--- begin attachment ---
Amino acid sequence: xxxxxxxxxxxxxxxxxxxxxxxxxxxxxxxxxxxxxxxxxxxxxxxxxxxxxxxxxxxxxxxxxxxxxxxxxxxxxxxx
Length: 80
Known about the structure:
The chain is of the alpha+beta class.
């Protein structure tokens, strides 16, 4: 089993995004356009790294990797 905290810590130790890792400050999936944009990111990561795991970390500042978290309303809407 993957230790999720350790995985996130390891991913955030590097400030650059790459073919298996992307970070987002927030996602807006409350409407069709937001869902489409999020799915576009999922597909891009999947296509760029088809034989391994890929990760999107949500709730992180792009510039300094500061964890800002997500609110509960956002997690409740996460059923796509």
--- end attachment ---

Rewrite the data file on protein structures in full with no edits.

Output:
Amino acid sequence: xxxxxxxxxxxxxxxxxxxxxxxxxxxxxxxxxxxxxxxxxxxxxxxxxxxxxxxxxxxxxxxxxxxxxxxxxxxxxxxx
Length: 80
Known about the structure:
The chain is of the alpha+beta class.
């Protein structure tokens, strides 16, 4: 089993995004356009790294990797 905290810590130790890792400050999936944009990111990561795991970390500042978290309303809407 993957230790999720350790995985996130390891991913955030590097400030650059790459073919298996992307970070987002927030996602807006409350409407069709937001869902489409999020799915576009999922597909891009999947296509760029088809034989391994890929990760999107949500709730992180792009510039300094500061964890800002997500609110509960956002997690409740996460059923796509």